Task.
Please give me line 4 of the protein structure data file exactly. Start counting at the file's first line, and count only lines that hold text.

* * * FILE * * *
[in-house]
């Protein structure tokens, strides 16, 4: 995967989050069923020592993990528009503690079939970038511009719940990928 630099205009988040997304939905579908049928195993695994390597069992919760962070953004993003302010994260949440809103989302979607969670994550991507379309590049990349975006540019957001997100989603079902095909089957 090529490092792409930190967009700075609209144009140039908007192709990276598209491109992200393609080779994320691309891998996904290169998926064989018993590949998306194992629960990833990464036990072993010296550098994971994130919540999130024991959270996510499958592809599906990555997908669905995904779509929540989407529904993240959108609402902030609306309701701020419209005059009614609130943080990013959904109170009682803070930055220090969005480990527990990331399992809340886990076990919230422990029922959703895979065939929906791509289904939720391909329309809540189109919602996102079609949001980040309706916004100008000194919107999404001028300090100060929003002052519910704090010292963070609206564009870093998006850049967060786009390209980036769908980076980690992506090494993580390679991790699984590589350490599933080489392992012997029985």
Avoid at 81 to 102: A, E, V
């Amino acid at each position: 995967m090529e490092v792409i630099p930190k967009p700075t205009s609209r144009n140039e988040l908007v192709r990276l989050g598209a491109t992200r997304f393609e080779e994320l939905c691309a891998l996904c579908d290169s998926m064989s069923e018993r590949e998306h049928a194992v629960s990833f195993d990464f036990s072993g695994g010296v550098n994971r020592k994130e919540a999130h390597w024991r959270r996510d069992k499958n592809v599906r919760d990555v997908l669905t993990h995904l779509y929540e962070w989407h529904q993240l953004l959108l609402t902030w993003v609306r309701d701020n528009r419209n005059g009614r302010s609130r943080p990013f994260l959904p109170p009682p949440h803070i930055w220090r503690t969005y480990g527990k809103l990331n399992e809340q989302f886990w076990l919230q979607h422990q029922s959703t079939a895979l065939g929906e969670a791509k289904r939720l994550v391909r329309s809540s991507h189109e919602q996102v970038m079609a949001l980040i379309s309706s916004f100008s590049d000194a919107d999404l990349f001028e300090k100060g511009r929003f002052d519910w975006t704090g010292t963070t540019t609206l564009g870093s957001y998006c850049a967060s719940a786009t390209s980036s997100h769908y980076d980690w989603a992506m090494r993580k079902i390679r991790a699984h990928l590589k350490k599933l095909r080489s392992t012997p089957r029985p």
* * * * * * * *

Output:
């Amino acid at each position: 995967m090529e490092v792409i630099p930190k967009p700075t205009s609209r144009n140039e988040l908007v192709r990276l989050g598209a491109t992200r997304f393609e080779e994320l939905c691309a891998l996904c579908d290169s998926m064989s069923e018993r590949e998306h049928a194992v629960s990833f195993d990464f036990s072993g695994g010296v550098n994971r020592k994130e919540a999130h390597w024991r959270r996510d069992k499958n592809v599906r919760d990555v997908l669905t993990h995904l779509y929540e962070w989407h529904q993240l953004l959108l609402t902030w993003v609306r309701d701020n528009r419209n005059g009614r302010s609130r943080p990013f994260l959904p109170p009682p949440h803070i930055w220090r503690t969005y480990g527990k809103l990331n399992e809340q989302f886990w076990l919230q979607h422990q029922s959703t079939a895979l065939g929906e969670a791509k289904r939720l994550v391909r329309s809540s991507h189109e919602q996102v970038m079609a949001l980040i379309s309706s916004f100008s590049d000194a919107d999404l990349f001028e300090k100060g511009r929003f002052d519910w975006t704090g010292t963070t540019t609206l564009g870093s957001y998006c850049a967060s719940a786009t390209s980036s997100h769908y980076d980690w989603a992506m090494r993580k079902i390679r991790a699984h990928l590589k350490k599933l095909r080489s392992t012997p089957r029985p």